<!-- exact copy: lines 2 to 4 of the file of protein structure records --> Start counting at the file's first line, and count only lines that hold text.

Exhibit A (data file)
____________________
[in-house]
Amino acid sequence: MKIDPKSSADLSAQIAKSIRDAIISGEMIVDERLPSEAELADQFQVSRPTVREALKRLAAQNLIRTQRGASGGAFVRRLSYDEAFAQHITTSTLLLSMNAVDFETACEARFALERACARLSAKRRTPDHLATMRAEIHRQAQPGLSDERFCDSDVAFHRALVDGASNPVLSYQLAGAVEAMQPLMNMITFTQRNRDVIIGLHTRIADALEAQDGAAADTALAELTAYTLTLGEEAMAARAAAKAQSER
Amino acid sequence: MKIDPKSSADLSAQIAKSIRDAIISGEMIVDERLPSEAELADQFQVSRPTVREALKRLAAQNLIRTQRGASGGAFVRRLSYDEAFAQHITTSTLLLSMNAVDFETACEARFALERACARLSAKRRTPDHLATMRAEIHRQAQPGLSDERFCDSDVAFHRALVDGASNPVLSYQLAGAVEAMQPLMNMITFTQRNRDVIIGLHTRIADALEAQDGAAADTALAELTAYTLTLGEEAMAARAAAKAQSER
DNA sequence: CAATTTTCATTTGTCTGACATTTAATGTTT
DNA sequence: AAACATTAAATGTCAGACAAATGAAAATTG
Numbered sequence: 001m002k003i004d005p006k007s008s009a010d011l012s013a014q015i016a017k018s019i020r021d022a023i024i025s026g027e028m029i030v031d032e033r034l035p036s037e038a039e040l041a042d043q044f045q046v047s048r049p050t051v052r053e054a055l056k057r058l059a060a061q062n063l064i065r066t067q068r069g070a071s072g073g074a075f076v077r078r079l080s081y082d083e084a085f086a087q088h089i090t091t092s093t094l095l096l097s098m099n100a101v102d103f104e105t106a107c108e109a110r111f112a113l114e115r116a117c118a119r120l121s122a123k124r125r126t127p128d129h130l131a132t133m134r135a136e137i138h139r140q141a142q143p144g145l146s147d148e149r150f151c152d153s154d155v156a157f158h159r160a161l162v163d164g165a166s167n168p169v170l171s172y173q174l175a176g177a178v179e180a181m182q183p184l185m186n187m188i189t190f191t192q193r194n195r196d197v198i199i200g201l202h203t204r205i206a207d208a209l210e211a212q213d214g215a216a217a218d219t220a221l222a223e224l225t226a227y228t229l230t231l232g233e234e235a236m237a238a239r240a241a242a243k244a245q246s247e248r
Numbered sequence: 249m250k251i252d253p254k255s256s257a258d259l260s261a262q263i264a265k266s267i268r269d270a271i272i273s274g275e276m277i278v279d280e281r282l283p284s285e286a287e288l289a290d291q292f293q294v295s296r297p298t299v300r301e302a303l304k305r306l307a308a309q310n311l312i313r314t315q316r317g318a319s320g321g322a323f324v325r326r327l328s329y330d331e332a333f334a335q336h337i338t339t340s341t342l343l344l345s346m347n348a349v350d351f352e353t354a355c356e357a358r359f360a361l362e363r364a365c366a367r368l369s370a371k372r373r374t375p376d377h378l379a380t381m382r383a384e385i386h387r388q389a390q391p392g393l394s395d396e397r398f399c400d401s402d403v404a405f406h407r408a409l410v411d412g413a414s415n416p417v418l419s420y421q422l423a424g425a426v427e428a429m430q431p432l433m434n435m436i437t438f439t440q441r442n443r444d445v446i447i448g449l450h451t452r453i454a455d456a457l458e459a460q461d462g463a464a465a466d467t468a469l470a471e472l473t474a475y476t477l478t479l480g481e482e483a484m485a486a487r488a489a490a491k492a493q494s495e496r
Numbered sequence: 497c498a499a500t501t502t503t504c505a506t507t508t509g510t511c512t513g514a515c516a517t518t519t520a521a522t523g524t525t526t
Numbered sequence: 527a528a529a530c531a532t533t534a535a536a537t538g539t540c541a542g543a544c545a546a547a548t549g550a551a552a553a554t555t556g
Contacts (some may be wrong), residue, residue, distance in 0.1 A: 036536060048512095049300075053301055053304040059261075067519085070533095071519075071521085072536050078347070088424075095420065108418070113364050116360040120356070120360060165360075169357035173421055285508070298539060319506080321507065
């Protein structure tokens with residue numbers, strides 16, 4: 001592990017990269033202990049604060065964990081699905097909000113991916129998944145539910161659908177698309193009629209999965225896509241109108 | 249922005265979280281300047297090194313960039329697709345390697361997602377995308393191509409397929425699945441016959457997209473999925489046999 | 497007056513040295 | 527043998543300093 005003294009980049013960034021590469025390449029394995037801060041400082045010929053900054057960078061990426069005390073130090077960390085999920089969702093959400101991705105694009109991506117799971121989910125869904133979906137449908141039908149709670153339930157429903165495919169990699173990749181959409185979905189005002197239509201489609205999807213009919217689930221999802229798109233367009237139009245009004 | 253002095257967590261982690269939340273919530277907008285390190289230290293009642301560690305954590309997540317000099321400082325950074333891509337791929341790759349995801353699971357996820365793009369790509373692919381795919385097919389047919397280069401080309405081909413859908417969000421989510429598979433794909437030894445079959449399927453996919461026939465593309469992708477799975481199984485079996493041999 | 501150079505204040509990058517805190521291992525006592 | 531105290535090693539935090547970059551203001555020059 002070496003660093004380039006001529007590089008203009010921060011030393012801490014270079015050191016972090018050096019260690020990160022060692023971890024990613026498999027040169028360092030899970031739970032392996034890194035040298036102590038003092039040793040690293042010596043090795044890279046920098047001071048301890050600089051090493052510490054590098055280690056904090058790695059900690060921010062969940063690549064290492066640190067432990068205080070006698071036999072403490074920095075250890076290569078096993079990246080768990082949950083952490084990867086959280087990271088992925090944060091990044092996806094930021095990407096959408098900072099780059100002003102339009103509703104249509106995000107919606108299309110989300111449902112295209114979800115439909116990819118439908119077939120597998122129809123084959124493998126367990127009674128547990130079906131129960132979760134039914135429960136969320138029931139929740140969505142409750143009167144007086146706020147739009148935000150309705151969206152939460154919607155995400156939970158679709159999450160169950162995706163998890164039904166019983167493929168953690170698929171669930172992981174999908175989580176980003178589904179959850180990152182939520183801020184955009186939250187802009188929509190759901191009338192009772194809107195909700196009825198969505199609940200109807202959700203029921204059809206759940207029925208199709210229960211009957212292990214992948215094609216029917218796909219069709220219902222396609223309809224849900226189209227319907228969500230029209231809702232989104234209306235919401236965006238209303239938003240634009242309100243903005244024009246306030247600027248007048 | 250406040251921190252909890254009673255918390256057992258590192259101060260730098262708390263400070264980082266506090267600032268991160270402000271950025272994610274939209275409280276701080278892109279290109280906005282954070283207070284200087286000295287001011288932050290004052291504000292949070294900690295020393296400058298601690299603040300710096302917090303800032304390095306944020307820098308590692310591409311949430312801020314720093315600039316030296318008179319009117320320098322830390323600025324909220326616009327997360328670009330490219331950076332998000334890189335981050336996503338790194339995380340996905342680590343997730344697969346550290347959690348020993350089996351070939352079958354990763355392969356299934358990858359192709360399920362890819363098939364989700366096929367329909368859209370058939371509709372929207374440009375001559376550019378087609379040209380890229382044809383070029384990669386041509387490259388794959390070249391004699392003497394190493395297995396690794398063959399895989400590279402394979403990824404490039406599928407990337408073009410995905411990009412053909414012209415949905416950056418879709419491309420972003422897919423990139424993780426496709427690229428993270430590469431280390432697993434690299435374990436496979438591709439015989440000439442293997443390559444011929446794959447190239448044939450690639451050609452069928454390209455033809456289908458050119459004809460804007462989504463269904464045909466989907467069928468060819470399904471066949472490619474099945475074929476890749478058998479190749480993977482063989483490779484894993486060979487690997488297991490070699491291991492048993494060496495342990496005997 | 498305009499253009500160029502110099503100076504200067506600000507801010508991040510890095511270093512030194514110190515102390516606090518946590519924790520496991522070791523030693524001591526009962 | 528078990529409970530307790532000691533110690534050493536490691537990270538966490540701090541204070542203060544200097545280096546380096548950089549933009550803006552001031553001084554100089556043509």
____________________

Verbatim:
Amino acid sequence: MKIDPKSSADLSAQIAKSIRDAIISGEMIVDERLPSEAELADQFQVSRPTVREALKRLAAQNLIRTQRGASGGAFVRRLSYDEAFAQHITTSTLLLSMNAVDFETACEARFALERACARLSAKRRTPDHLATMRAEIHRQAQPGLSDERFCDSDVAFHRALVDGASNPVLSYQLAGAVEAMQPLMNMITFTQRNRDVIIGLHTRIADALEAQDGAAADTALAELTAYTLTLGEEAMAARAAAKAQSER
Amino acid sequence: MKIDPKSSADLSAQIAKSIRDAIISGEMIVDERLPSEAELADQFQVSRPTVREALKRLAAQNLIRTQRGASGGAFVRRLSYDEAFAQHITTSTLLLSMNAVDFETACEARFALERACARLSAKRRTPDHLATMRAEIHRQAQPGLSDERFCDSDVAFHRALVDGASNPVLSYQLAGAVEAMQPLMNMITFTQRNRDVIIGLHTRIADALEAQDGAAADTALAELTAYTLTLGEEAMAARAAAKAQSER
DNA sequence: CAATTTTCATTTGTCTGACATTTAATGTTT